Church Audit ... or Not?

Church Audit Procedures

A church audit or other alternative procedures enhances transparency and accountability, demonstrating to members and donors that their contributions are being managed responsibly.

A church audit can also help in identifying any discrepancies or inefficiencies in financial processes, allowing for corrective actions to be taken promptly.

Most importantly, an audit can provide valuable insights and recommendations for improving financial practices and internal controls, thereby strengthening the overall financial health of the organization.

Additionally, having regular audits can build trust with external stakeholders, including potential donors and regulatory authorities, showing that the church is committed to maintaining high standards of financial integrity.

HOWEVER....they can be quite time consuming and are there other options?

Church Accounting Package

A set of 4 ebook packages that covers the following topics...

  • Fund accounting examples and explanations
  • Best methods for tracking restrictive funds
  • Donation management
  • Minister compensation and taxes
  • Internal controls and staff reimbursements
  • Much more - Click here for details

Church Audit Types and Alternatives:

Church audit types and alternatives

The first and main type of church audit is an External Audit. Those are conducted by external CPAs and can be very costly. There are circumstances when a grant or lending organization may mandate an external audit within a set timeframe. However, if you are not obliged to undergo an expensive external audit, there are alternative options that can offer similar benefits, including:

internal audits conducted by your own finance team. These audits can help identify discrepancies, ensure compliance with internal policies, and improve financial management practices.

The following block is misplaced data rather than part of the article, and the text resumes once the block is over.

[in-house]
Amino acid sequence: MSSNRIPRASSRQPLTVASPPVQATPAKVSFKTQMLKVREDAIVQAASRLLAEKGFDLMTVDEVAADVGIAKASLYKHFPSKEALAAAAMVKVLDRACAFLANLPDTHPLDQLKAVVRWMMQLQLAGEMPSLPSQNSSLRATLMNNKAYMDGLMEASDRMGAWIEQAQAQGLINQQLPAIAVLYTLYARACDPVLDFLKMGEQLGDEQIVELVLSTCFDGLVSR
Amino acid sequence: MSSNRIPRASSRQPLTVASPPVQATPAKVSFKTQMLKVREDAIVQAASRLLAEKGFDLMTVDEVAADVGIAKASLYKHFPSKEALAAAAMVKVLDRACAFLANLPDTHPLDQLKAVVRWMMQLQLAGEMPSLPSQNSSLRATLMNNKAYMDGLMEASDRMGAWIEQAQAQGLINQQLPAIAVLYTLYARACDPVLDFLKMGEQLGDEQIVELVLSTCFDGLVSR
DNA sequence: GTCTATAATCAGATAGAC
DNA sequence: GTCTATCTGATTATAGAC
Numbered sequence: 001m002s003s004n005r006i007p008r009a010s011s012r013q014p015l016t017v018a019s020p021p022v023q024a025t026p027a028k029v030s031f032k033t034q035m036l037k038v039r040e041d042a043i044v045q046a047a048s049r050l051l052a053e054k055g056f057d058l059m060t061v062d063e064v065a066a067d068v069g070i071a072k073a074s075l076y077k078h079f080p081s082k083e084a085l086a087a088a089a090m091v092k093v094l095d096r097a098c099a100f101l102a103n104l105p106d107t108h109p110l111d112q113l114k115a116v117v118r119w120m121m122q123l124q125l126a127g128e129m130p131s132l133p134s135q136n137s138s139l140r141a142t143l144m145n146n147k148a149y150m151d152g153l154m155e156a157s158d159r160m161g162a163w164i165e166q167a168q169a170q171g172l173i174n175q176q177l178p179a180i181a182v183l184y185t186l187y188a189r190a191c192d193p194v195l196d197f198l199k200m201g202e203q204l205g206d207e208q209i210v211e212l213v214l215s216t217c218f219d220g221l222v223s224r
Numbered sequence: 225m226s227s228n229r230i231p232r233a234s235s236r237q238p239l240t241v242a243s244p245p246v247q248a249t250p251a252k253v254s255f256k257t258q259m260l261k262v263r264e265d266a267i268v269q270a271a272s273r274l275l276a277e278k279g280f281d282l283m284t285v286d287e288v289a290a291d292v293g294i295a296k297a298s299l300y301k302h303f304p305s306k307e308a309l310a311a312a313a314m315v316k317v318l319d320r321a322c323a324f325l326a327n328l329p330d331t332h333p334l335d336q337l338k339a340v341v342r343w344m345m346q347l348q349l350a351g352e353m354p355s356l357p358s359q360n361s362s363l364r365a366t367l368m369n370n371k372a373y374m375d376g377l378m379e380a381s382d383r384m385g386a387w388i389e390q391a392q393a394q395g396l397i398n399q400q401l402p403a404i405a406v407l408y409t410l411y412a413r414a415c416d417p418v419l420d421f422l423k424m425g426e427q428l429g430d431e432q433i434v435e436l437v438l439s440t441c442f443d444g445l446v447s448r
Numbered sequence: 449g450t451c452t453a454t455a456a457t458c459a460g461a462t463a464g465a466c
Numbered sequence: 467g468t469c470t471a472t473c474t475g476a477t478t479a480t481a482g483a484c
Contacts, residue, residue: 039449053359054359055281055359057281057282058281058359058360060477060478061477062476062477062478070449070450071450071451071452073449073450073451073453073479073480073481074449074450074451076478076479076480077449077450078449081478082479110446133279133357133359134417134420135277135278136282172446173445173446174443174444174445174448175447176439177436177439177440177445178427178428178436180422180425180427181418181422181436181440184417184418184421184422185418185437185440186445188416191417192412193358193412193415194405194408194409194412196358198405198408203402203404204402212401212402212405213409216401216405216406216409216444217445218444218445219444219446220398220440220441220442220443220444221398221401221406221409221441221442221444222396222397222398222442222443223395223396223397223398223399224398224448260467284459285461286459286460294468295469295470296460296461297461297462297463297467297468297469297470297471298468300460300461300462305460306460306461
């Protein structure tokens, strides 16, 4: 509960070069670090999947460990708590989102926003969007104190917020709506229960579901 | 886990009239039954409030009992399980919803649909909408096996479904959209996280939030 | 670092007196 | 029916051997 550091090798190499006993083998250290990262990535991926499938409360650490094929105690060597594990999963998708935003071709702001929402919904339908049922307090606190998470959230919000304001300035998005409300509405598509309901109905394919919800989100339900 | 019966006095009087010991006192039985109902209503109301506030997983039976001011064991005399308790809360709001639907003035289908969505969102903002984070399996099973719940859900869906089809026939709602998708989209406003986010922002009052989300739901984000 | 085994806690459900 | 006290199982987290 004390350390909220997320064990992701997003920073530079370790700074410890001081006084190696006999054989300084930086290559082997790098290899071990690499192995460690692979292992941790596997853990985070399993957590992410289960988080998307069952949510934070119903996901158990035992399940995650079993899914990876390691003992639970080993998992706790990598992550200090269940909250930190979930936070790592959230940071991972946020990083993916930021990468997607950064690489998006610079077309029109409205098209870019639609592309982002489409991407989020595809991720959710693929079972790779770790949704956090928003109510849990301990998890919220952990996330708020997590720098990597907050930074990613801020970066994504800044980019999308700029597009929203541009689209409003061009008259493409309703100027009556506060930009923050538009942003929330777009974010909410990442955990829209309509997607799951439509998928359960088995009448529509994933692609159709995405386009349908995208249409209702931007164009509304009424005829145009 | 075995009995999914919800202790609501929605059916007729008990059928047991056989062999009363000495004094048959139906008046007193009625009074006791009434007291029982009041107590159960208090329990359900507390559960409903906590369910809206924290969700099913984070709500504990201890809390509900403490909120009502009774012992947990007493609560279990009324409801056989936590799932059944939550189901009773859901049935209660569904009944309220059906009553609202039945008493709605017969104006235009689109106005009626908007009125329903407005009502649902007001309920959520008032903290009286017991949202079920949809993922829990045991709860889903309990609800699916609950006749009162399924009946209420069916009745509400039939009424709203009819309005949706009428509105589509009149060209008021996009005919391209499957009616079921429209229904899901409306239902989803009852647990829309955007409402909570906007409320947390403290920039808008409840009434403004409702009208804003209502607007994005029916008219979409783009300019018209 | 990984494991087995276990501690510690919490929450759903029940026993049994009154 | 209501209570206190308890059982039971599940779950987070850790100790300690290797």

Another option is a peer review, where a qualified professional from a similar organization reviews your financial statements and processes, providing an objective assessment without the high cost of an external audit.

Additionally, you might consider utilizing accounting software that offers robust reporting features. This software can streamline your financial tracking and generate detailed reports that can be reviewed periodically. Engaging a certified public accountant (CPA) for a limited scope review or advisory services can also be a cost-effective way to ensure your financial practices are sound and meet necessary standards. 

Financial reviews conducted by CPAs can be half the cost of an external audit and are typically accepted by financial institutions.

An Agreed Upon Procedure (AUP) for a church is a type of engagement where an auditor is hired to carry out specific procedures that have been agreed upon by the church and other involved parties, such as a governing board or donor. Unlike a full audit, an AUP engagement does not provide an opinion or assurance. Instead, it focuses on particular areas of interest, such as verifying the accuracy of financial records, ensuring compliance with church policies, or reviewing the handling of contributions and expenditures.